We’re human. Broken, incomplete, insufficient, and weak by nature. Falling is as much part of our behavior as it is for a baby learning to walk. We can’t help it.
If we didn’t fall, we would be perfect, which means we would be God. And we’re not God. We’re His creation, human beings designed to be like God but not God Himself. And then Adam sinned, and ever since then falling (morally, emotionally, spiritually, and physically) has been in our genes. Unavoidable. Part of our DNA.
We fall because it’s part of who we are as limited, sinful human beings.
2. Because we have enemies
Like Batman, we have a steady supply of enemies trying to bring us down.
Scripture makes it clear that we have an adversary (I Pet. 5:8) who wants nothing more than to see God’s plan dismantled and God’s people destroyed. We fight in a war not “against flesh and blood, but against principalities, against powers, against the rulers of the darkness of this age, against spiritual hosts of wickedness in the heavenly places” (Eph. 6:12).
This adversary, Satan, is called the Accuser (Rev. 12:10), labeled as the Father of Lies and a murderer (Jn. 8:44), and compared to a hungry, roaring lion (I Pet. 5:8). He is “the prince of the power of the air” (Eph. 2:2) who steals the Word of God from hearts (Luke 8:12), hinders the ministry of the gospel (I Thess. 2:18), and uses deception to lead believers astray (II Cor. 2:11, 11:14-15).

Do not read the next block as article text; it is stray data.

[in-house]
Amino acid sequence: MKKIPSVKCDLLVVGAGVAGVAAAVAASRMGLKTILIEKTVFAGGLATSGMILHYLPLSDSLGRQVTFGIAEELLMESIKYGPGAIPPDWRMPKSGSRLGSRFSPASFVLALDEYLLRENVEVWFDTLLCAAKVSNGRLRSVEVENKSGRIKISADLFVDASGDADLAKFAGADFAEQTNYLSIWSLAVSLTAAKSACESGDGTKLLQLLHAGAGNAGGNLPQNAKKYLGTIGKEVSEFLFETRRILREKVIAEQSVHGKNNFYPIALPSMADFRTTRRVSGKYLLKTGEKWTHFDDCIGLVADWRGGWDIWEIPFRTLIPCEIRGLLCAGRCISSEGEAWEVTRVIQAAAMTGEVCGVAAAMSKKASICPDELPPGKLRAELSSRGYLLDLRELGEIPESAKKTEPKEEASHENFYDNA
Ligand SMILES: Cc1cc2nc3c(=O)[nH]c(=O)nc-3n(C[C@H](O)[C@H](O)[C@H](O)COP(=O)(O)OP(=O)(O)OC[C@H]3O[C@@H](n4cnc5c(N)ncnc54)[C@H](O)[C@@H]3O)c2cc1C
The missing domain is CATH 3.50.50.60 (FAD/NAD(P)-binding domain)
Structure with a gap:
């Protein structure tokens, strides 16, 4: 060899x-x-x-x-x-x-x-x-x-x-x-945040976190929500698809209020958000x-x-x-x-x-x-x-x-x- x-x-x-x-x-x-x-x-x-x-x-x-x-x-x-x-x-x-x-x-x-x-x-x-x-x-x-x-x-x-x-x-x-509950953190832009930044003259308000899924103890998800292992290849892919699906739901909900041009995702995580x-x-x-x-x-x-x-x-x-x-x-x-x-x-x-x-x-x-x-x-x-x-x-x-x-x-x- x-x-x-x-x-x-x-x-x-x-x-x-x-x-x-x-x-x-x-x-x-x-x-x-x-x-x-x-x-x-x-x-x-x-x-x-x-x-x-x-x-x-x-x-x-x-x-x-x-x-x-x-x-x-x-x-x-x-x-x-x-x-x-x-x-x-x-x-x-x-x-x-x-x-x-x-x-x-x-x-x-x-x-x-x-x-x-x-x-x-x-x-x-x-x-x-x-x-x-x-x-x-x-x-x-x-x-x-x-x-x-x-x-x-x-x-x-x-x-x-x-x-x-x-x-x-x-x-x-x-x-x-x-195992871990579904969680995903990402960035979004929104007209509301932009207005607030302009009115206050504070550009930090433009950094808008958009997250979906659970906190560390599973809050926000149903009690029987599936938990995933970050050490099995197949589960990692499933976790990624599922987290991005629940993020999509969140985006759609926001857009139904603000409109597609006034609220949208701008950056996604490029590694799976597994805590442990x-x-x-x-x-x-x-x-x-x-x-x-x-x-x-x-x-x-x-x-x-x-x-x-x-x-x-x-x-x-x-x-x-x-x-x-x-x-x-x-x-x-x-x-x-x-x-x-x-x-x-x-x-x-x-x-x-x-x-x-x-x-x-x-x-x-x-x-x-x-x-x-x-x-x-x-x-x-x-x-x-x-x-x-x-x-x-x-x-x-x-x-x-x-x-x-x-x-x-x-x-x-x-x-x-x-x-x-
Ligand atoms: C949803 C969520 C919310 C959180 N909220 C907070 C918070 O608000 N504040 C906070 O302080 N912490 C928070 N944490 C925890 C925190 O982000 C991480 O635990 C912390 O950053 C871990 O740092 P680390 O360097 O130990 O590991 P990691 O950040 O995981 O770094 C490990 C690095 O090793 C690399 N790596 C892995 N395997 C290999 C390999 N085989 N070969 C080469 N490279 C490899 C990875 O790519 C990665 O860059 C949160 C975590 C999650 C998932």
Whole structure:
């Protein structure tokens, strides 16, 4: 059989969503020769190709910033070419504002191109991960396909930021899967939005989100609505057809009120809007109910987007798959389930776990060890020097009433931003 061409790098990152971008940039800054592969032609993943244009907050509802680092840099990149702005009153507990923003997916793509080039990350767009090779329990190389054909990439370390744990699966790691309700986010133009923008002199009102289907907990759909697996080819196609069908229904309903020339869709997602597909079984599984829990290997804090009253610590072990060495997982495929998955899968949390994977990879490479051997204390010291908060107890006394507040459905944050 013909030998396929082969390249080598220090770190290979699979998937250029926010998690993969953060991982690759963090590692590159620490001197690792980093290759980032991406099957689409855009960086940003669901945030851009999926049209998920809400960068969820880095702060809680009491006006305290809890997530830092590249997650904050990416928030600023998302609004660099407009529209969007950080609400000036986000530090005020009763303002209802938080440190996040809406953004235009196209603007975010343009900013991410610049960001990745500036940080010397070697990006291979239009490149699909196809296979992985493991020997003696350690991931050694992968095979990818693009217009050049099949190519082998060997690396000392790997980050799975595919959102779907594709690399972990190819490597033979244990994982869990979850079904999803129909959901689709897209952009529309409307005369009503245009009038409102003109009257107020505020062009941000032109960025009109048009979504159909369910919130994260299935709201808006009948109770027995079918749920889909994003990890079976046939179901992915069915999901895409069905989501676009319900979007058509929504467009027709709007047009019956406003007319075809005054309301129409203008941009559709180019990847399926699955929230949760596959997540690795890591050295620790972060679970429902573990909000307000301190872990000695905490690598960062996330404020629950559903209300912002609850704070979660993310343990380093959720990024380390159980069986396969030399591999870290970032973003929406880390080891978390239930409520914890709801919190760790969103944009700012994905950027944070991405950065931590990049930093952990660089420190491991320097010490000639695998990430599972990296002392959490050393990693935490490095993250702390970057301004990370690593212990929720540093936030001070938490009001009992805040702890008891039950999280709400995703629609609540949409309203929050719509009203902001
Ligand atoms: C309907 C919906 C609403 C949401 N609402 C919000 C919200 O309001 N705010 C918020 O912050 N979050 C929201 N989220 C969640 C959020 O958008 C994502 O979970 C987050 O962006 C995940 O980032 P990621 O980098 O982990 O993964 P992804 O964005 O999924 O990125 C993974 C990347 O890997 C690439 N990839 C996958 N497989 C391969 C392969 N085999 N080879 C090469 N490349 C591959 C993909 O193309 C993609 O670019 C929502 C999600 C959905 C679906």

Can we add “tripping up believers” to his job description? He and the spiritual powers under his control are actively working against us and all that has to do with God, so we shouldn’t be surprised when spiritual attacks come and push us off our feet, into the pit of discouragement, doubt, fear, worry, despondency, or bitterness.
Please note that not all of these conditions are sinful in and of themselves; God gave us emotions and we are permitted to feel every one of them. But we also need to be aware of how easily spiritual attacks can nudge us onto the slippery slope of lies (most of them directed at God’s character), which before we know it can land us in a dark and unhealthy (and even disobedient) place.
It is not a sin to be tempted, and it is not always a sin to feel these emotions, but it IS sin when we choose to give in to wrong thinking, when we don’t trust God, and when we refuse to leave–or accept help–out of this dark place.
Come back in two weeks to see what Paul and other Scripture writers have to say about falling and why God may allow us to fall.
Have you recently had a fall? Do you feel like giving up? How has God used His Word to speak encouragement to you in those hard times?